Array limits

Array limits

Hello Everyone and thank you for your time in advance;
My problem is in a DLL function to which I am sending in the dimensions of some matrices as arguments (NROW and NCOL). If I initialize the matrices as follows

!DEC$ ATTRIBUTES C, DLLEXPORT :: PHASEONE 
INTEGER FUNCTION PHASEONE(NROW, NCOL)  
... 
REAL ELEV(2000,2000), SCT(2000,2000) 
... 

I don't get any problems whereas if the above excerpt is changed to

 !DEC$ ATTRIBUTES C, DLLEXPORT :: PHASEONE 
INTEGER FUNCTION PHASEONE(NROW, NCOL)  
... 
REAL ELEV(NROW,NCOL), SCT(NROW,NCOL) 
... 

Calling the function with any number greater than 250 or so results in an "unknown software exception" !! error, i.e. the call "catchflow.Call({1000, 1000})" fails for the second case.

I'll appreciate any help to clarify this problem.

Greetings

Derya

3 posts / 0 new
Last post
For more complete information about compiler optimizations, see our Optimization Notice.

Your arrays are "automatic arrays", which means they are local variables allocated on the stack. The stack has a fixed size determined when the executable is linked, which in this case, is whatever you are calling the DLL from (I don't recognize the syntax you're using). What that means is - you probably can't change the size.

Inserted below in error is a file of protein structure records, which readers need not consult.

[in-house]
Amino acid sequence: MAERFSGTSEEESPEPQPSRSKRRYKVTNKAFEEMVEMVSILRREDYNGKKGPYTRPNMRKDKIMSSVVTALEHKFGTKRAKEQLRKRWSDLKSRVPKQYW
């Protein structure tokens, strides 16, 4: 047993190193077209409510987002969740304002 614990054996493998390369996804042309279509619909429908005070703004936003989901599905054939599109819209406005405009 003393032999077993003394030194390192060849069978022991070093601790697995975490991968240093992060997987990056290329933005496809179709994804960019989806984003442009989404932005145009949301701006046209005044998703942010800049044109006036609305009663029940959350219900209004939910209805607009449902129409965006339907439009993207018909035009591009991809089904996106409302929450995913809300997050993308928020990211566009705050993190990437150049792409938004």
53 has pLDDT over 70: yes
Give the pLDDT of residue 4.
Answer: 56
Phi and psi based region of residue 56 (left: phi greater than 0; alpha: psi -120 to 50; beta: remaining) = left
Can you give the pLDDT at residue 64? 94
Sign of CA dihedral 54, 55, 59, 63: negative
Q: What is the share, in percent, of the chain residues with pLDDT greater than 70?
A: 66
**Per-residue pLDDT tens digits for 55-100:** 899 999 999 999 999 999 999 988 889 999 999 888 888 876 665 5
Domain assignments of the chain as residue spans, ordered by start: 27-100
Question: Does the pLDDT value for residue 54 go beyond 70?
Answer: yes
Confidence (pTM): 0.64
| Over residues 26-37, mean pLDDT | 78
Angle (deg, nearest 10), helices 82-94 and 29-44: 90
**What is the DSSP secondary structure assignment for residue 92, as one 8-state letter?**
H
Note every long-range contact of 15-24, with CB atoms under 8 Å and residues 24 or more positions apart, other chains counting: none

Consider this alternative:

INTEGER FUNCTION PHASEONE (NROW, NCOL)
REAL, ALLOCATABLE :: ELEV(:,:), SCT (:.:)
...
ALLOCATE (ELEV(NROW,NCOL),SCT(NROW,NCOL))
...

This will accomplish the goal of having a run-time sized array, and you won't be limited by the stack size, since the arrays will be allocated from the heap. They will get deallocated automatically when PHASEONE exits.

Incidentally, I am not comfortable with having the ATTRIBUTES directive BEFORE the FUNCTION statement. I am not sure if this really works (I'd have to run some tests) - the more common usage is to have the directive after the FUNCTION or SUBROUTINE statement.

Steve

Steve - Intel Developer Support

Can somebody give me a brief explanation of what the stack and heap are? They appear to be two different pools of memory that a program can use, and their sized appear to be governed by different limits.

Mike

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